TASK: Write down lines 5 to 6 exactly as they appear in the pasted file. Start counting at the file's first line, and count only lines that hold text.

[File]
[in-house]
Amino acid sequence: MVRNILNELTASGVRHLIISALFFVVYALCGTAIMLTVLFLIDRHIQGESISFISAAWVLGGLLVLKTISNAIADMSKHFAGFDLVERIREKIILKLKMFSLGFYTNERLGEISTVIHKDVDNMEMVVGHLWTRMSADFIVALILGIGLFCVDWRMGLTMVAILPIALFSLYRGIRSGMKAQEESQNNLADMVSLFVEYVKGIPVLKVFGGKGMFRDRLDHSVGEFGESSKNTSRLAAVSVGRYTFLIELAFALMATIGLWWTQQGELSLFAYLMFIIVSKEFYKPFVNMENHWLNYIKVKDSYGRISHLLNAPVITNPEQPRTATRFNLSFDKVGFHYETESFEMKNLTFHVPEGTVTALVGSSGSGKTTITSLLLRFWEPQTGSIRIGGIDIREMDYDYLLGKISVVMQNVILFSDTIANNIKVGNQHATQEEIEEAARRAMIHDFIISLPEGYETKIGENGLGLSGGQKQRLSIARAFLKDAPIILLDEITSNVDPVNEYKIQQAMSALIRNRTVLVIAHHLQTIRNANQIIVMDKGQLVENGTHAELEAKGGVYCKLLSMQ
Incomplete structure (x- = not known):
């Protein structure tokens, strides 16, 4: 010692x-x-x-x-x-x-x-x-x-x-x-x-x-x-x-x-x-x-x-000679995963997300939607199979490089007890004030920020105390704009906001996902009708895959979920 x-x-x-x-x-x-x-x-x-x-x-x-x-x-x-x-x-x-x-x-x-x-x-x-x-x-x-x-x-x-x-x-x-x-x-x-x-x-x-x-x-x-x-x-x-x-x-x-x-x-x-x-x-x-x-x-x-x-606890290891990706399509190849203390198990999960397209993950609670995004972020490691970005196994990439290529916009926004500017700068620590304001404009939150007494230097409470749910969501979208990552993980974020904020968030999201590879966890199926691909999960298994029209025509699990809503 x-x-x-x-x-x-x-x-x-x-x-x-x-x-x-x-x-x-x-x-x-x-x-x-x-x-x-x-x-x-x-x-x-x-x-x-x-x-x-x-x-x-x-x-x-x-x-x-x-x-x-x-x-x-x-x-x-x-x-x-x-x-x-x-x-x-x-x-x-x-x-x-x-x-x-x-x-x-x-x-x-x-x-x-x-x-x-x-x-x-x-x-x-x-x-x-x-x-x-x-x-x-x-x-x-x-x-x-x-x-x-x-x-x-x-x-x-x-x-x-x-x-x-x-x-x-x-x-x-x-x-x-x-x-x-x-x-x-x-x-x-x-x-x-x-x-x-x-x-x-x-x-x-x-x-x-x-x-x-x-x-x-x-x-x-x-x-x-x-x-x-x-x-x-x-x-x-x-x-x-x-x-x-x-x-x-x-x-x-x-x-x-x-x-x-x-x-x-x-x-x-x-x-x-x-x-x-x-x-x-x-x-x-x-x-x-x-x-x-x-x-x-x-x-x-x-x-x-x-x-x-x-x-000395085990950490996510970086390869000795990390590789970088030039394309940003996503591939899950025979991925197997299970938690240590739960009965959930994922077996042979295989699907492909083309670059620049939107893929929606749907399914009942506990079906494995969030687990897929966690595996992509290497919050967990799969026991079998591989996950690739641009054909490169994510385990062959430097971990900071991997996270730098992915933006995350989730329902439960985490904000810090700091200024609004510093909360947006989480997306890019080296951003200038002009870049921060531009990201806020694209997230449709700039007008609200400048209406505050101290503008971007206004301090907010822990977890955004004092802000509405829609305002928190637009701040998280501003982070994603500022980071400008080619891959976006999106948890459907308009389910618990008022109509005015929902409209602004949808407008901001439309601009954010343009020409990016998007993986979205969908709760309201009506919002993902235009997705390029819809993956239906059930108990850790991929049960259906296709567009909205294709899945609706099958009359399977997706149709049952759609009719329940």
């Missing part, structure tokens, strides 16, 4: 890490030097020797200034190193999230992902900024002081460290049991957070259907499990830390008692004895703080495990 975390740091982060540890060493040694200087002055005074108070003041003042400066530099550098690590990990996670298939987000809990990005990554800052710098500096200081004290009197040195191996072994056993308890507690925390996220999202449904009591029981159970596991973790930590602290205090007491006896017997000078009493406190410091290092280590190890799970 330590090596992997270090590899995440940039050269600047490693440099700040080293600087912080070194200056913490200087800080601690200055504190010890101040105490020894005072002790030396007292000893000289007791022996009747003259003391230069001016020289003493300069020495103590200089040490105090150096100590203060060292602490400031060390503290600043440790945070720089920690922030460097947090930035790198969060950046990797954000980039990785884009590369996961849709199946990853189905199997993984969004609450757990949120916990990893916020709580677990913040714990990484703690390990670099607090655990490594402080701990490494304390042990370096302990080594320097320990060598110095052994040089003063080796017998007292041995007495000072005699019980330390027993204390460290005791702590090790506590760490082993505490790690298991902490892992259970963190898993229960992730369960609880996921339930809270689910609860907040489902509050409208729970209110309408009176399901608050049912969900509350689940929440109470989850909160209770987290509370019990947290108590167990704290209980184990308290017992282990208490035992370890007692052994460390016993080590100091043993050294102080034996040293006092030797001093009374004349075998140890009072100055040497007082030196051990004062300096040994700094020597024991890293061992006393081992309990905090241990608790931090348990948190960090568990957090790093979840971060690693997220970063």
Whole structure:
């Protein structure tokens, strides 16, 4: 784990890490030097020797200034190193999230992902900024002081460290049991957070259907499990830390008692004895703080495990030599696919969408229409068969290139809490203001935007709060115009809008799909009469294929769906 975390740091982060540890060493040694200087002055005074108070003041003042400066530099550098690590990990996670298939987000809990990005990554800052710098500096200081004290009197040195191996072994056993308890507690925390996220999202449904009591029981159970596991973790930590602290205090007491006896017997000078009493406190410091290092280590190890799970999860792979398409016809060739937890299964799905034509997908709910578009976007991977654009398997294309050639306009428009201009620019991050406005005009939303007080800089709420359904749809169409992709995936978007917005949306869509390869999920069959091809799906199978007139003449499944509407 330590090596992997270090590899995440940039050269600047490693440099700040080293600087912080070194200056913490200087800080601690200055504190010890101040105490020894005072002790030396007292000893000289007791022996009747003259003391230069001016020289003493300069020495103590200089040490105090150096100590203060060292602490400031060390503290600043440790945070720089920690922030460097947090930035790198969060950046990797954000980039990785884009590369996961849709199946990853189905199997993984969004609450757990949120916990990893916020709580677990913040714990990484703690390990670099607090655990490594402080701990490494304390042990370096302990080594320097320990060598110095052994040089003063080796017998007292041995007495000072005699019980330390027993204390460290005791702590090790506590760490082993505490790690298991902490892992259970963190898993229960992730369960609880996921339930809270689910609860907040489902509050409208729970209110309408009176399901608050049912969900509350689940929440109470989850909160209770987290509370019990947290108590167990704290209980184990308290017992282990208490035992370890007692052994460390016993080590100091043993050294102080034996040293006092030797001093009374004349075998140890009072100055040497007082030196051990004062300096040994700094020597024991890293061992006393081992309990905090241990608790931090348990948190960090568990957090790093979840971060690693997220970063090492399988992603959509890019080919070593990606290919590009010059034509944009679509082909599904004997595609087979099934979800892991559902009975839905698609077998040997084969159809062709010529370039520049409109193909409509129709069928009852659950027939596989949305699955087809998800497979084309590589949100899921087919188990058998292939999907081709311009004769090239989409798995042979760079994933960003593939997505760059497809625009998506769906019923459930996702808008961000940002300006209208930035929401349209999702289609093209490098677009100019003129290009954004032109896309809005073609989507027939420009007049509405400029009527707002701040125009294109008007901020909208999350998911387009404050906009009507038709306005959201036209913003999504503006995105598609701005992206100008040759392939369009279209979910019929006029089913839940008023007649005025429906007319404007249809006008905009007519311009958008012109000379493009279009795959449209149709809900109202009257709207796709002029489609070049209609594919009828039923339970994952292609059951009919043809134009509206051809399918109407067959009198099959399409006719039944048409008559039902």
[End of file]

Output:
């Missing part, structure tokens, strides 16, 4: 890490030097020797200034190193999230992902900024002081460290049991957070259907499990830390008692004895703080495990 975390740091982060540890060493040694200087002055005074108070003041003042400066530099550098690590990990996670298939987000809990990005990554800052710098500096200081004290009197040195191996072994056993308890507690925390996220999202449904009591029981159970596991973790930590602290205090007491006896017997000078009493406190410091290092280590190890799970 330590090596992997270090590899995440940039050269600047490693440099700040080293600087912080070194200056913490200087800080601690200055504190010890101040105490020894005072002790030396007292000893000289007791022996009747003259003391230069001016020289003493300069020495103590200089040490105090150096100590203060060292602490400031060390503290600043440790945070720089920690922030460097947090930035790198969060950046990797954000980039990785884009590369996961849709199946990853189905199997993984969004609450757990949120916990990893916020709580677990913040714990990484703690390990670099607090655990490594402080701990490494304390042990370096302990080594320097320990060598110095052994040089003063080796017998007292041995007495000072005699019980330390027993204390460290005791702590090790506590760490082993505490790690298991902490892992259970963190898993229960992730369960609880996921339930809270689910609860907040489902509050409208729970209110309408009176399901608050049912969900509350689940929440109470989850909160209770987290509370019990947290108590167990704290209980184990308290017992282990208490035992370890007692052994460390016993080590100091043993050294102080034996040293006092030797001093009374004349075998140890009072100055040497007082030196051990004062300096040994700094020597024991890293061992006393081992309990905090241990608790931090348990948190960090568990957090790093979840971060690693997220970063």
Whole structure: